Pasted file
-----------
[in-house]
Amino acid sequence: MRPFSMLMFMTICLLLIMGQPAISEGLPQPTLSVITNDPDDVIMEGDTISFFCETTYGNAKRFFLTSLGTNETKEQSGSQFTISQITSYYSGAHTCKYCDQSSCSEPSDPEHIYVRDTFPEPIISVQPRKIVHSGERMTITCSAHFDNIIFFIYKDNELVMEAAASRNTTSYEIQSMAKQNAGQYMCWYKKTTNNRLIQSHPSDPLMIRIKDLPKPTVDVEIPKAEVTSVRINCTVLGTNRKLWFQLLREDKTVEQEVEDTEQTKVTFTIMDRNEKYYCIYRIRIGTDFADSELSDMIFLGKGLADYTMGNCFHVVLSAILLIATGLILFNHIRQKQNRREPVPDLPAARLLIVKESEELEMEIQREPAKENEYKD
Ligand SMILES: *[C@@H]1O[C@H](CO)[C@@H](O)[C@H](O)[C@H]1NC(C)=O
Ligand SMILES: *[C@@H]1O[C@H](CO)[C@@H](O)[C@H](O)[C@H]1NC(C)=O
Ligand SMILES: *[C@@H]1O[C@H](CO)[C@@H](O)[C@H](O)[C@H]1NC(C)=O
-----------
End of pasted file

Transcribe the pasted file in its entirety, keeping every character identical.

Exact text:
[in-house]
Amino acid sequence: MRPFSMLMFMTICLLLIMGQPAISEGLPQPTLSVITNDPDDVIMEGDTISFFCETTYGNAKRFFLTSLGTNETKEQSGSQFTISQITSYYSGAHTCKYCDQSSCSEPSDPEHIYVRDTFPEPIISVQPRKIVHSGERMTITCSAHFDNIIFFIYKDNELVMEAAASRNTTSYEIQSMAKQNAGQYMCWYKKTTNNRLIQSHPSDPLMIRIKDLPKPTVDVEIPKAEVTSVRINCTVLGTNRKLWFQLLREDKTVEQEVEDTEQTKVTFTIMDRNEKYYCIYRIRIGTDFADSELSDMIFLGKGLADYTMGNCFHVVLSAILLIATGLILFNHIRQKQNRREPVPDLPAARLLIVKESEELEMEIQREPAKENEYKD
Ligand SMILES: *[C@@H]1O[C@H](CO)[C@@H](O)[C@H](O)[C@H]1NC(C)=O
Ligand SMILES: *[C@@H]1O[C@H](CO)[C@@H](O)[C@H](O)[C@H]1NC(C)=O
Ligand SMILES: *[C@@H]1O[C@H](CO)[C@@H](O)[C@H](O)[C@H]1NC(C)=O